A: Well, we don't tend to get to that point, in part because of the work we do beforehand, in part because of the way that we structure an initial meeting. We think a lot about the structure of conversations. A lot of those conversations are stuck conversations. Stuck conversations tend to have some identifying characteristics that occur, regardless of the content where there is point, counterpoint. There is no attempt at deep understanding. There are just words that are hurtled back and forth. There is an increasing level of speed, accusation, volume, where questions are used to trap, teach, and confront rather than inquire. So we look at those qualities of conversation, and we try to change the way in which people converse with each other. So that that kind of point, counterpoint doesn't happen.

When I said that we start with go-arounds for instance, well, when people are responding to that question in the middle, they're not responding to each other. There's no responding to one another in the first couple go-arounds so that people get to speak their piece without being counter-pointed and interrupted. That sets up a whole different rhythm for conversation. It breaks the old rhythm and once the old rhythm has been broken, and something new has been laid down you find people talking with each other in really different ways that go beyond the stuff that they're used to.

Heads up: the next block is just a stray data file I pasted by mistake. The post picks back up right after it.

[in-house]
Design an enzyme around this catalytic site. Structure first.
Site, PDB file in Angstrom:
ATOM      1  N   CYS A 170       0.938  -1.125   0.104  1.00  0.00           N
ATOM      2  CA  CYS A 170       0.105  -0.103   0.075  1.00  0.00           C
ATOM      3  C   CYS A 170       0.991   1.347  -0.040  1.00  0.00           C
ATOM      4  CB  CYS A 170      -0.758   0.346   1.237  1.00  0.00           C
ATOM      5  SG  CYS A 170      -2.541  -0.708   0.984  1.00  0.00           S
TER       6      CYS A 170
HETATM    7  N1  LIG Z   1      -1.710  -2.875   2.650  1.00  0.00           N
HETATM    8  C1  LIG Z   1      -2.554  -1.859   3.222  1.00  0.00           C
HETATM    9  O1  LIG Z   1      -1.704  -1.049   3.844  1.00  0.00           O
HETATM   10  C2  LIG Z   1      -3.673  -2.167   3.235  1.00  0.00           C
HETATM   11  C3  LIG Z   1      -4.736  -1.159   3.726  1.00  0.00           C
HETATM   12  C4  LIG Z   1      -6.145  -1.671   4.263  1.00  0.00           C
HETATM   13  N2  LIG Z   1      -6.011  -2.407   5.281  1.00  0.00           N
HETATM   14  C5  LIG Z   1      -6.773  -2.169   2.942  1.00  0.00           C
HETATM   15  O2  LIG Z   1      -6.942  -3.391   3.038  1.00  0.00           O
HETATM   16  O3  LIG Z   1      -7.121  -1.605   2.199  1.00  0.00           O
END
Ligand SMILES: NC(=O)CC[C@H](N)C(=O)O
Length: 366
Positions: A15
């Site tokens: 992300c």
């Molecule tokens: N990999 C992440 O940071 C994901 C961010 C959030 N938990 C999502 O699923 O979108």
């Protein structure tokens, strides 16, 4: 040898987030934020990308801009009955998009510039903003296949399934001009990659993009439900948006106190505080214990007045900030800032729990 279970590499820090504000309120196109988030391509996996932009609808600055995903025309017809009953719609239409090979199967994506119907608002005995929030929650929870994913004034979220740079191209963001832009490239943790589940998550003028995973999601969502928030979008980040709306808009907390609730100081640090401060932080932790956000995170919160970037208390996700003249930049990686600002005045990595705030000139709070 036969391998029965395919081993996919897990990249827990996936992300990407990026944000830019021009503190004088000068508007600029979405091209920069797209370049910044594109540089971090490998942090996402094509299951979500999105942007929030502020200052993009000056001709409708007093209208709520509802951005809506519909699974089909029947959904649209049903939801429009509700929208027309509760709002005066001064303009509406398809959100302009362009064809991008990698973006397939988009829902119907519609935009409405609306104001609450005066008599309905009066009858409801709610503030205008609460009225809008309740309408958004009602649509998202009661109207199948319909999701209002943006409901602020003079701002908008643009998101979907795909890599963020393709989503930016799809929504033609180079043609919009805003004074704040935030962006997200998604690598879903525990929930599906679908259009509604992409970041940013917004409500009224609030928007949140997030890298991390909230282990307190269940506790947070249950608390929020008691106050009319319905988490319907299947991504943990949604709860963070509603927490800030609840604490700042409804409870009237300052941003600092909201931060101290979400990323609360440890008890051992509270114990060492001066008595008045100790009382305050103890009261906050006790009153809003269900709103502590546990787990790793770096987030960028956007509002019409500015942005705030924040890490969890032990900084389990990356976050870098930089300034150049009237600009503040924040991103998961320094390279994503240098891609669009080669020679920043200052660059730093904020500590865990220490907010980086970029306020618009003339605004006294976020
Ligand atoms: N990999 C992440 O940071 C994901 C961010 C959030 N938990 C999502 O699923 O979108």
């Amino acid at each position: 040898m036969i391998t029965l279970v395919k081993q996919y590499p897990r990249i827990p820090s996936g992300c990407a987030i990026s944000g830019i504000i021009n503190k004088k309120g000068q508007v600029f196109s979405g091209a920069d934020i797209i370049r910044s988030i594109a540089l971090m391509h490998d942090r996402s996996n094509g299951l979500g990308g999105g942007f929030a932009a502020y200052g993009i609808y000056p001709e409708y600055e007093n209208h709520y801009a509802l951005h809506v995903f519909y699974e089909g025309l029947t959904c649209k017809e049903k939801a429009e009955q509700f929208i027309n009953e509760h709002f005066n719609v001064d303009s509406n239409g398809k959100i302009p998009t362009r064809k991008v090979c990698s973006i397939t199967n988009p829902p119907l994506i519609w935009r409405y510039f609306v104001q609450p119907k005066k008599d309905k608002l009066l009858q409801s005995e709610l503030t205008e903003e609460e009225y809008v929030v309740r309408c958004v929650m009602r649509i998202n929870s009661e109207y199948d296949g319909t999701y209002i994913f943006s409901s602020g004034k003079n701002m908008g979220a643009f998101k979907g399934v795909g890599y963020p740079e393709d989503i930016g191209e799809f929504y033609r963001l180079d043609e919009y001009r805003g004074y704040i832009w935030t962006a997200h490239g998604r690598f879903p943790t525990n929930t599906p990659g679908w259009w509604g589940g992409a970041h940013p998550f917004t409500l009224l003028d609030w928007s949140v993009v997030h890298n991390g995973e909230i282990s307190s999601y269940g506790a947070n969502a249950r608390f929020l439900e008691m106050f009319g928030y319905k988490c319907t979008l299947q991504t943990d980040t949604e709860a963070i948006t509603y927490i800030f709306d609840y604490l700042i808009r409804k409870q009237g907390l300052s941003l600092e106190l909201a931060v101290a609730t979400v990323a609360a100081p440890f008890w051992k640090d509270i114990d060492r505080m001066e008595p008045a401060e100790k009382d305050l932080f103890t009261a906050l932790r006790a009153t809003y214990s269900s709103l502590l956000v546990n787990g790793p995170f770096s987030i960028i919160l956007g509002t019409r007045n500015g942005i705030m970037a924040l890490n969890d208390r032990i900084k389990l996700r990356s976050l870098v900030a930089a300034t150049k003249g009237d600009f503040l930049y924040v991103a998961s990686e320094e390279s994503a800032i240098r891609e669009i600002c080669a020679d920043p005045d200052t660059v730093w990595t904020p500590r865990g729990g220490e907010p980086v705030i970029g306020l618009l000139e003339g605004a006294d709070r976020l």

In our preparatory work we've also inquired of people to find out when they have had conversations about these issues, or other issues like it that have been satisfying. We try to help them to recall their own experiences and capacity to have constructive conversations. So that when they are tempted, they know they can call on this experience that they've already had. They're not limited to this narrow repertoire of engagement around conflictual issues.

Q: What are some of those questions that you put out in the middle for them to get started on?

A: It really depends on what the issue is. Usually in the preparatory work we ask people, what three questions, if asked, might lead to a constructive conversation in your group. I can give you an example from the abortion work. The first question is usually something about personal work. So in the abortion work it was, "Could you tell us something about how your personal experience has effected your perspective, or has led to you, or has been involved in forming your perspective on abortion?"